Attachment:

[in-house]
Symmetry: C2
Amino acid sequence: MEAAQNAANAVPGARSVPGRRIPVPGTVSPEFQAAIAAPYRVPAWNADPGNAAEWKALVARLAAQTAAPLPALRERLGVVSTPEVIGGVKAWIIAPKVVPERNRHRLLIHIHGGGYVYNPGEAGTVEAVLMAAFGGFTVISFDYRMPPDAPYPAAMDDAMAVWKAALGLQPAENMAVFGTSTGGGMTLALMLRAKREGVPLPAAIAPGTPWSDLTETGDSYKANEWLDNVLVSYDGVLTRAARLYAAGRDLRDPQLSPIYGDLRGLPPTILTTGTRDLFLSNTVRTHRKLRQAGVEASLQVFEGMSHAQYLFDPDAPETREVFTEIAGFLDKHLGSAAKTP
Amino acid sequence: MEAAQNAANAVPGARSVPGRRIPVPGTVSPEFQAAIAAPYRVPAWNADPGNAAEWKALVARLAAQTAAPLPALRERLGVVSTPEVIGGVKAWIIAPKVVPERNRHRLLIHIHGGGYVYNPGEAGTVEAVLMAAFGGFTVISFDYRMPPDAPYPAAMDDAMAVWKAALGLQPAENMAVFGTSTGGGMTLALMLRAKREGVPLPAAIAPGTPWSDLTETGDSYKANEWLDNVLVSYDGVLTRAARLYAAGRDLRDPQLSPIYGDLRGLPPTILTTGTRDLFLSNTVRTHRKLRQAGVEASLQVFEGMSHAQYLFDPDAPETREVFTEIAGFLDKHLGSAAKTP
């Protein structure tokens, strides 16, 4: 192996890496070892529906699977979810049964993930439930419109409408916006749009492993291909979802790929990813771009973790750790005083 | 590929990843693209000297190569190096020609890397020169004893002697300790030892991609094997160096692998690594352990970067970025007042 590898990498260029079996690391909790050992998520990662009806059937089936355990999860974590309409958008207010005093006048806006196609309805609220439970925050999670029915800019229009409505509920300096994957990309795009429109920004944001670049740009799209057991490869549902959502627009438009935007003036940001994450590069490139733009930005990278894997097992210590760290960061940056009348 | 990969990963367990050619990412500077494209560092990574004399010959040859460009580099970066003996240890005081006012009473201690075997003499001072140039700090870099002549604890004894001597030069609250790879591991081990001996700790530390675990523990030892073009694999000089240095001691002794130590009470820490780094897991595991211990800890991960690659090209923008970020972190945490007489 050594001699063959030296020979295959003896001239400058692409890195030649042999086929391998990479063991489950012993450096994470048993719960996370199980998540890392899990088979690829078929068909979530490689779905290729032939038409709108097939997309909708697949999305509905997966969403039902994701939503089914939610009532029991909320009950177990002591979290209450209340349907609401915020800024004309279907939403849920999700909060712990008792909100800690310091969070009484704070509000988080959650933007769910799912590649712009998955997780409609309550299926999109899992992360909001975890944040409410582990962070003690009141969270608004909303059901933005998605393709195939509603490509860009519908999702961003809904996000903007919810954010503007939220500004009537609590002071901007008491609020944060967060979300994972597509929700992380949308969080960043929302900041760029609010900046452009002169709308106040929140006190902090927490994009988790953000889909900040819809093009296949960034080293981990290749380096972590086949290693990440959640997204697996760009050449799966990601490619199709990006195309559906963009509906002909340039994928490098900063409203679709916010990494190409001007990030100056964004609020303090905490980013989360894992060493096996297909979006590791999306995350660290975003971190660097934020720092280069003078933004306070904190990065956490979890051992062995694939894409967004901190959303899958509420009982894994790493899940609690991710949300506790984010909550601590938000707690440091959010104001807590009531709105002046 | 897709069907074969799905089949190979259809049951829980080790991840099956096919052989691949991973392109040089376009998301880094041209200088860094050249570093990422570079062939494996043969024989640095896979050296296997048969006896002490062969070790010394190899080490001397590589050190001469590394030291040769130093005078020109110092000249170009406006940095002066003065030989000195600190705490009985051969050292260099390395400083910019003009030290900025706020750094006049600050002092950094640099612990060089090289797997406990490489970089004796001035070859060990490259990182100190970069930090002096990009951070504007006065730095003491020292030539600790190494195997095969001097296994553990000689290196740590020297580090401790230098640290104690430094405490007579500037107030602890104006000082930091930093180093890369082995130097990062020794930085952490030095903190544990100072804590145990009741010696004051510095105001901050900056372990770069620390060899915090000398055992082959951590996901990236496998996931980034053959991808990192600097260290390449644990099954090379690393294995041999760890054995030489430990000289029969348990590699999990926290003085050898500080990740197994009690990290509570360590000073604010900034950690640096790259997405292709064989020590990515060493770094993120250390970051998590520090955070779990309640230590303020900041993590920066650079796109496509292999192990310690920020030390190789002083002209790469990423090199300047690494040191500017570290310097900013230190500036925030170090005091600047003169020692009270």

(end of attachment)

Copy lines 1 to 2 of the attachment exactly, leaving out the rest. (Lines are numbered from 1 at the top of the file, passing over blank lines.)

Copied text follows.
[in-house]
Symmetry: C2